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People v. Renee R.

Illinois Appellate Court

August 31, 2000


The opinion of the court was delivered by: Justice Barth

Appeal from the Circuit Court of Cook County. Honorable Carol P. McCarthy, Judge Presiding.

Respondent Renee R. appeals from the trial court's judgment terminating her parental rights as to her five children after finding respondent an unfit parent and finding it in the children's best interest to terminate her rights. On appeal, respondent contends that her right to be present and her due process rights were violated when the trial court conducted the parental fitness and termination hearings in her absence.

In her appeal, respondent does not challenge the evidence presented at the termination hearing or argue that the trial court's decision was against the manifest weight of that evidence, and we therefore briefly review the facts that were presented to the trial court. On June 9, 1998, the date of the termination hearing, respondent's counsel informed the trial court that respondent was in the hospital and under psychiatric care, and counsel requested that the hearing be continued. Respondent's counsel further informed the trial court that the length of respondent's hospital stay was "unknown" and that counsel was "ready to go forward." The trial court denied the request for a continuance, noting that respondent was "ably represented by counsel."

The court heard testimony from a psychiatrist and three caseworkers from the Department of Children and Family Services (DCFS) and Lutheran Social Services. Respondent's case was first referred to DCFS immediately after the birth of her first child, M.R., in March 1985.

Later that year, DCFS was awarded custody of M.R. following a determination that the child would be endangered if left in respondent's care. This court affirmed, stating that respondent had not progressed in controlling her reactions to everyday stresses. The court also noted respondent's personality disorder, drug abuse and violent behavior. In re M.R., No. 1-86-2162 (1988) (unpublished order under Supreme Court Rule 23). A second child, C.R., was born in 1986 and removed from respondent's care at birth but was later returned to respondent.

Respondent gave birth to a third child, D.R., in 1987, followed by twins, M.R. and M.R., in 1990.

The testimony established that since 1973 respondent had been admitted to psychiatric hospitals approximately 23 times and had been diagnosed with schizoaffective disorder and schizophrenia, for which respondent was prescribed several medications that she sometimes failed to take. Respondent's conditions caused her to be delusional, have hallucinations and exhibit unstable moods and periods of depression.

Between 1987 and 1993, respondent lived in at least 20 different locations. Respondent had minimal participation with parenting services offered to her, often starting programs but failing to complete them.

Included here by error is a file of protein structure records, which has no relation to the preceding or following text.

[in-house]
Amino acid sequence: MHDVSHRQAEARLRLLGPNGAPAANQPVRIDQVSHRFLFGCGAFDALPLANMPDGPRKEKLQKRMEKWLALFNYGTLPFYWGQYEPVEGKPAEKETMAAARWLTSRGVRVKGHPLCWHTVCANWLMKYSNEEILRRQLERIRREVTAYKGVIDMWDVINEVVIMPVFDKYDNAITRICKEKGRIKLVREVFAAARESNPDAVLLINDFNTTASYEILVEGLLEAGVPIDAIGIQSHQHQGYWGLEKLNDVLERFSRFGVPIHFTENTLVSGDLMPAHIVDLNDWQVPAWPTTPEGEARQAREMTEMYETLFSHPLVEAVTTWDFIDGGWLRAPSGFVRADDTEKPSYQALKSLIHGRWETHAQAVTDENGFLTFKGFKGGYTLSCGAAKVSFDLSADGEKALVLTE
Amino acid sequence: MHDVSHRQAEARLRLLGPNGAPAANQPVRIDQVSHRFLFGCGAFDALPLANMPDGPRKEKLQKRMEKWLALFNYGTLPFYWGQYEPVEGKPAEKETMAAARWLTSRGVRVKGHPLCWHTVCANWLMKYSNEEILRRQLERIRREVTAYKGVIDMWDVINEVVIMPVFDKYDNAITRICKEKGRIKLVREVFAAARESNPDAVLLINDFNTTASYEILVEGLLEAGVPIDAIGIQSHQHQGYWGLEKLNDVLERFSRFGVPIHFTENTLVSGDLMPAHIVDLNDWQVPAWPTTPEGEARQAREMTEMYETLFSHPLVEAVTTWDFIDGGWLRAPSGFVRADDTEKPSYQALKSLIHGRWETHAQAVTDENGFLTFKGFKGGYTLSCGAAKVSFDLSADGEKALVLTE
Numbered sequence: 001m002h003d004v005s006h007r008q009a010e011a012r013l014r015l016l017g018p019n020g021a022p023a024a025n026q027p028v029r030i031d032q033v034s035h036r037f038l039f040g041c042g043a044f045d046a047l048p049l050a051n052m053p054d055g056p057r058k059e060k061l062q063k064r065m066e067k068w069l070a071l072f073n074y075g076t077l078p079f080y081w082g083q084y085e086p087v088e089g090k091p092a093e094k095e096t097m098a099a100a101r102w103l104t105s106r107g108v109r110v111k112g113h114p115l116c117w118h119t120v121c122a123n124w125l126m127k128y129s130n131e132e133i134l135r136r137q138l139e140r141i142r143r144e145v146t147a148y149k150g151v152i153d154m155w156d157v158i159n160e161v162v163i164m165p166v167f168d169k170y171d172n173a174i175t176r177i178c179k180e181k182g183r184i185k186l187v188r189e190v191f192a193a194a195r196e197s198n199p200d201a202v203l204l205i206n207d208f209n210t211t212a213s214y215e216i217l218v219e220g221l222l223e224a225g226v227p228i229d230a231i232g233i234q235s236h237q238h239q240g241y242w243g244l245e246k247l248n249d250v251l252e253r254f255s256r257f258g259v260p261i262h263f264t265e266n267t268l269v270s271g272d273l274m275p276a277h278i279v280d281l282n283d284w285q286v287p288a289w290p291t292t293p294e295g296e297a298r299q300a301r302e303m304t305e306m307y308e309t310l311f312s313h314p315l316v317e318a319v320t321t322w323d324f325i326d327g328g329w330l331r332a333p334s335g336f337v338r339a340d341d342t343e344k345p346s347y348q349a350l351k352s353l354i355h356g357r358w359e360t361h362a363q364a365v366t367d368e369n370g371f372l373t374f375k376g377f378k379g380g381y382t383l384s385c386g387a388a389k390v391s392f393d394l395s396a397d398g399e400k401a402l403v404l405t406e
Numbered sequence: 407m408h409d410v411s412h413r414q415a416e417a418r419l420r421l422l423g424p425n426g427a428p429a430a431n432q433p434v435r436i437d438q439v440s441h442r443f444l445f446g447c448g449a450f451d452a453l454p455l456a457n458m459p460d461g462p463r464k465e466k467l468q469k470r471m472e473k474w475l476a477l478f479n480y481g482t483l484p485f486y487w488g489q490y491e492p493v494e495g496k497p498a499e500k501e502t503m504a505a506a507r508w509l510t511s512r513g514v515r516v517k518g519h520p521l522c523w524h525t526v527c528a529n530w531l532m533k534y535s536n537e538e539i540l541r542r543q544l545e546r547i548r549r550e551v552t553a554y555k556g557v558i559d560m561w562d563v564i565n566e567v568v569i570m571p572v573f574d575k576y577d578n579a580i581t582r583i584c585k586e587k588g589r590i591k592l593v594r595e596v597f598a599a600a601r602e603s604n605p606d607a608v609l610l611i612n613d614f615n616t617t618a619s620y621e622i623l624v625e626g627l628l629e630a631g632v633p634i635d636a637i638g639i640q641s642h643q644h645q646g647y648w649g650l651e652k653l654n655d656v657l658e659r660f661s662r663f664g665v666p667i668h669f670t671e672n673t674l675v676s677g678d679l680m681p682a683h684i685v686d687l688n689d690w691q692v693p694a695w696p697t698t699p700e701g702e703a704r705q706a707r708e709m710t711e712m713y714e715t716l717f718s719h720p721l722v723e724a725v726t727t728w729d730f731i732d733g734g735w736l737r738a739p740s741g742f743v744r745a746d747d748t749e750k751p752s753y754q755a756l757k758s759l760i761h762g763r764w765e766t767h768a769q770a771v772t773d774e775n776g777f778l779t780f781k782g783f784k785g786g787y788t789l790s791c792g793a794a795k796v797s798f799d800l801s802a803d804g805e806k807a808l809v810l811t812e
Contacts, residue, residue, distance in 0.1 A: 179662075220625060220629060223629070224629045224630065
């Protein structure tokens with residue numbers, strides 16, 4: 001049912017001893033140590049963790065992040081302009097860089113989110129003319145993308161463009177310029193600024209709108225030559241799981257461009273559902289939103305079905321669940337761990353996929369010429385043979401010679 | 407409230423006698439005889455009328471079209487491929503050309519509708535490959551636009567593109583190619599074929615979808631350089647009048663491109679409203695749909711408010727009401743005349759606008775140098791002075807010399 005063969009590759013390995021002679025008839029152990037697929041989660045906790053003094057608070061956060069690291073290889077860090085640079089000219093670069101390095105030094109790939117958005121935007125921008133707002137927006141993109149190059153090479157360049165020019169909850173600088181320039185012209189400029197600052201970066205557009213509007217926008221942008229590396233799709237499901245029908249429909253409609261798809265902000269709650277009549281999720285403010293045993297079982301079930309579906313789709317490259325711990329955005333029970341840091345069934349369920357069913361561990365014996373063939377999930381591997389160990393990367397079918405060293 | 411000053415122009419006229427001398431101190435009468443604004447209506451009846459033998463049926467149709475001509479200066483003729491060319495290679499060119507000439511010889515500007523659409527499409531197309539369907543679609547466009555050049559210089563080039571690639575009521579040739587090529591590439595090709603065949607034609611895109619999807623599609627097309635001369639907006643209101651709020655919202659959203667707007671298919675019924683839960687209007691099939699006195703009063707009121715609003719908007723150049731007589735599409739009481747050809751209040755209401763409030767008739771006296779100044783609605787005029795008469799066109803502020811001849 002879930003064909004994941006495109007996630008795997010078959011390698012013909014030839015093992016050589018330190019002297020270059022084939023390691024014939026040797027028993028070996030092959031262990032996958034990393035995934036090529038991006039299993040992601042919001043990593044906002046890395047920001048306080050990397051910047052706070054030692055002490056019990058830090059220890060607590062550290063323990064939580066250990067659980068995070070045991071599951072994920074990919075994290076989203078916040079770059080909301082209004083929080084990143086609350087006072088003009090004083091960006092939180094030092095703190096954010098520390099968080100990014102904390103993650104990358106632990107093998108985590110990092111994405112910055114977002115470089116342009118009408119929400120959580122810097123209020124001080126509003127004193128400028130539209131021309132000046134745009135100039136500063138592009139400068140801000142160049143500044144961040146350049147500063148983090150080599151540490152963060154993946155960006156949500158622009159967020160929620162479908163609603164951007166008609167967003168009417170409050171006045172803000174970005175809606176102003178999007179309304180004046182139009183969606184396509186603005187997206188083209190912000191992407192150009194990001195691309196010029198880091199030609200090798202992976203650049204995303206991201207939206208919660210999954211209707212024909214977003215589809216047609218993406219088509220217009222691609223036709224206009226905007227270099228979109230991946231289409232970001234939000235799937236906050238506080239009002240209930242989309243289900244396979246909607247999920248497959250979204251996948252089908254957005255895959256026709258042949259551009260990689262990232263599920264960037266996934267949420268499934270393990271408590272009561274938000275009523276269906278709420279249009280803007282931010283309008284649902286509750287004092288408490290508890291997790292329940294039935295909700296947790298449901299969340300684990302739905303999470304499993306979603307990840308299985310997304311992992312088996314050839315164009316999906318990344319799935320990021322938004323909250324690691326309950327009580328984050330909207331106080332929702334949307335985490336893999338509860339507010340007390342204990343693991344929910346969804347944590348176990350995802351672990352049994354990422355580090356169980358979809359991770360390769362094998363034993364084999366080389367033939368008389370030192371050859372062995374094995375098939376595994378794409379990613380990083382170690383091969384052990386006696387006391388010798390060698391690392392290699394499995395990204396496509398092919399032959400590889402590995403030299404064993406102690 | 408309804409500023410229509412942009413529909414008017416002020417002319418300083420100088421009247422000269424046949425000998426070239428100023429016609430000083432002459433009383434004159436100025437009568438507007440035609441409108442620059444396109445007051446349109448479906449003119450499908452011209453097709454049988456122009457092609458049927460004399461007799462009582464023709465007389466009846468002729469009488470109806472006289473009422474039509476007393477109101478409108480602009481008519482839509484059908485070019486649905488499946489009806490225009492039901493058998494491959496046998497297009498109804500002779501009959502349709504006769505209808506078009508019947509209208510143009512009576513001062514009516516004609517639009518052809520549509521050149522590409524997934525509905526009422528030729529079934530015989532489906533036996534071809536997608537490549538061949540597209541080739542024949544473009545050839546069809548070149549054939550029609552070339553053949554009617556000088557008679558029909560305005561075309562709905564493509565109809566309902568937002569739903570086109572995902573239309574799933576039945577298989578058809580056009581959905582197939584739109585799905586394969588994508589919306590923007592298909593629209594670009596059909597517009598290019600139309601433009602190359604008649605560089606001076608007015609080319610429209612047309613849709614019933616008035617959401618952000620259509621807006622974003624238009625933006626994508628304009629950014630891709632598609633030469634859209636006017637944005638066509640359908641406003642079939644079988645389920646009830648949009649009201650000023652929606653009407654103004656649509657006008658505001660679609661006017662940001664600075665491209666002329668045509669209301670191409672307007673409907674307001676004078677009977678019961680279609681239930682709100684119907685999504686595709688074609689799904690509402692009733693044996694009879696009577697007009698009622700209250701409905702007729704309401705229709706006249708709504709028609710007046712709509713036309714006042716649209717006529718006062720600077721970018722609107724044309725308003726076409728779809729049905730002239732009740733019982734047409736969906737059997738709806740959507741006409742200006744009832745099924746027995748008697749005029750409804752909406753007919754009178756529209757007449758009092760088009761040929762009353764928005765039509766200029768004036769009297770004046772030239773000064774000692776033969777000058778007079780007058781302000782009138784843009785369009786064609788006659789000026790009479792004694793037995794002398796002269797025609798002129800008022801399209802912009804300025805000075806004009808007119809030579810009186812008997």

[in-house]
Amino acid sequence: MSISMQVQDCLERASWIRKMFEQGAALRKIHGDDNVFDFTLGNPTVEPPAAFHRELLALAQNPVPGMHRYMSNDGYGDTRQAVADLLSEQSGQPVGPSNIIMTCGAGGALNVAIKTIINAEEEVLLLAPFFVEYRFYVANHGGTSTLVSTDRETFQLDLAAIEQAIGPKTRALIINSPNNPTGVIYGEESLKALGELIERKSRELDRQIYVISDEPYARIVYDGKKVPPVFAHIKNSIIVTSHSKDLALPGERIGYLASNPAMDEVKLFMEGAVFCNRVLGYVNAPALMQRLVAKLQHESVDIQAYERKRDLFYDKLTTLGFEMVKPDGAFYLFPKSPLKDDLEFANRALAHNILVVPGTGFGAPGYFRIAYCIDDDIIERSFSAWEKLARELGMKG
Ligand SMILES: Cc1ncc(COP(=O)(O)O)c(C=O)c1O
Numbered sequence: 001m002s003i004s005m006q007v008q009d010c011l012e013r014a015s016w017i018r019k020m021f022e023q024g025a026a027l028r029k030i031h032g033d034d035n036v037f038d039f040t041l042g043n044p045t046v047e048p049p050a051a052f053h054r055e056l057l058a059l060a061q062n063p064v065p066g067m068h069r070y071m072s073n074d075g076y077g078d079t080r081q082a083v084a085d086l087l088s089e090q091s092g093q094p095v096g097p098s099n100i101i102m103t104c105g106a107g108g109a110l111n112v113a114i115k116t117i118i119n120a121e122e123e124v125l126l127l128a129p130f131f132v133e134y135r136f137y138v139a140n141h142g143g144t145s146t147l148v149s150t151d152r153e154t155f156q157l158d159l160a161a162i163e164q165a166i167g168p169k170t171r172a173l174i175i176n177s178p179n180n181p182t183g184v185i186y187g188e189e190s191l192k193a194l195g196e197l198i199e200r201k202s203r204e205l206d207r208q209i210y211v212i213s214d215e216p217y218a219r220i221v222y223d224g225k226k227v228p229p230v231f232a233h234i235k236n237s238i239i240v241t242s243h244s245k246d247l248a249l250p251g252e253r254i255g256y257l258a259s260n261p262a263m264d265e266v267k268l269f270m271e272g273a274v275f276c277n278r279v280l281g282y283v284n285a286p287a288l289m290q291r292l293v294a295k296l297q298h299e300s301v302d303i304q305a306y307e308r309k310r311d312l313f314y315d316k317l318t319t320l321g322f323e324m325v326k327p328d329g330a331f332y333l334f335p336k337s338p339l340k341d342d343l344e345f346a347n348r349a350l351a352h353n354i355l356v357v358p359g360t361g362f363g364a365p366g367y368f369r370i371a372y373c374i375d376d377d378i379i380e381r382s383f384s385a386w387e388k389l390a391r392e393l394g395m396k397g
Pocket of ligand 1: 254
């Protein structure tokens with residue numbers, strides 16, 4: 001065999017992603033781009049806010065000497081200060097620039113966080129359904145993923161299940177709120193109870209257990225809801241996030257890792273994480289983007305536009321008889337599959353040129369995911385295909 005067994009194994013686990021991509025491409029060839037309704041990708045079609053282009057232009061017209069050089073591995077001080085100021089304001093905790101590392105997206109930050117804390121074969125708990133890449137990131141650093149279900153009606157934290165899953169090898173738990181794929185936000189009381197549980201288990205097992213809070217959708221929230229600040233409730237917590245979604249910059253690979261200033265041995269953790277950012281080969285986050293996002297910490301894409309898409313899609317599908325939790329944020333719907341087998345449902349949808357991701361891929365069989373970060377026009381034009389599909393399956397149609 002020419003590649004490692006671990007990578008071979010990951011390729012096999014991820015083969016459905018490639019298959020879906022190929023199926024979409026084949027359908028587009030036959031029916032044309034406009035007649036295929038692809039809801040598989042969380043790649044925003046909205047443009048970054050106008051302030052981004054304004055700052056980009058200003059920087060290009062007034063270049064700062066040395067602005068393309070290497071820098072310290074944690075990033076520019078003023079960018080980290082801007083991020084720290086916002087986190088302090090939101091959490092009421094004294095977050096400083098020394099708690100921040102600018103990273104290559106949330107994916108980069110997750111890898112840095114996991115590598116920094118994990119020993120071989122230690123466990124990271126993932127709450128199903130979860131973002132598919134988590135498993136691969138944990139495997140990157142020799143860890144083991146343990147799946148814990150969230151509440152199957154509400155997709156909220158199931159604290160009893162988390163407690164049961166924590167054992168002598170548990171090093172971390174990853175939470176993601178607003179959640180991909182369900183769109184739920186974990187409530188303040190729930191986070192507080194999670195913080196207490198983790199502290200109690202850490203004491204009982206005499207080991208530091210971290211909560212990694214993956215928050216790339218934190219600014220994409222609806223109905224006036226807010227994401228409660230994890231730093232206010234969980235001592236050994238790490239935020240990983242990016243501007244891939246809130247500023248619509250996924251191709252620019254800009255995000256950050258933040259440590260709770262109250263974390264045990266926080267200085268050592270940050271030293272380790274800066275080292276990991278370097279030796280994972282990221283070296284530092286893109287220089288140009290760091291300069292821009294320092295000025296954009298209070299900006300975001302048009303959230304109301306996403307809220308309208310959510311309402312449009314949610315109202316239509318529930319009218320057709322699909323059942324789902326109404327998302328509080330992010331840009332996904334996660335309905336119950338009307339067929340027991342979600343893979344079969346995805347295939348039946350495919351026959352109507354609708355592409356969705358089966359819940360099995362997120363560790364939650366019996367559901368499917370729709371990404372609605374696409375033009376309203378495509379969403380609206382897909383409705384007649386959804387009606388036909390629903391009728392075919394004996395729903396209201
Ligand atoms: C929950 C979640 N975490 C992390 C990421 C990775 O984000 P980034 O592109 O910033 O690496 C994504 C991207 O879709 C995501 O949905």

The testimony established that respondent would have difficulty caring for her children in the future due to her confused speech and thought processes and her often erratic behavior.

The trial court found respondent unfit as to the State's allegations that respondent (1) failed to maintain a reasonable degree of interest, concern or responsibility as to the minors' welfare; (2) desertion of the children for more than three months; (3) habitual drunkenness or addiction to drugs for at least one year immediately prior to the commencement of the unfitness proceeding; (4) failure to make reasonable efforts to correct the conditions that were the basis of the removal of the children or to make reasonable progress toward the return of the children within nine months after the adjudication; and (5) inability to discharge parental responsibilities due to mental impairment, illness or retardation beyond a reasonable time period. After the best interest phase of the termination hearing, the trial court terminated respondent's parental rights.

On appeal, respondent contends that the trial court's acts of finding her unfit and terminating her parental rights in her absence violated her "statutory right to be present" and her due process rights. Respondent argues that she had been hospitalized for a psychiatric condition and that her attorney was aware that she wanted to be present and wanted the case to be continued.

We initially address the State's contention that respondent's appeal should be dismissed because she challenges the denial of her request that the termination hearing be continued. The State argues that the denial of a motion to continue is not a final and appealable order. However, according to the notice of appeal, respondent's appeal was taken from the judgment of "termination of parental rights." Moreover, respondent's brief addresses alleged violations of her statutory and constitutional rights. We therefore find respondent's appeal properly before this court and will address its merits.

Respondent contends that, as the parent whose rights were being determined, she had a statutory right to be present at the termination hearing, citing section 1-5(1) of the Juvenile Court Act of 1987 (705 ILCS 405/1-5(1) (West 1998)). However, although respondent has such a right, her presence is not mandatory. See In re C.L.T., 302 Ill. App. 3d 770, 778 (1999).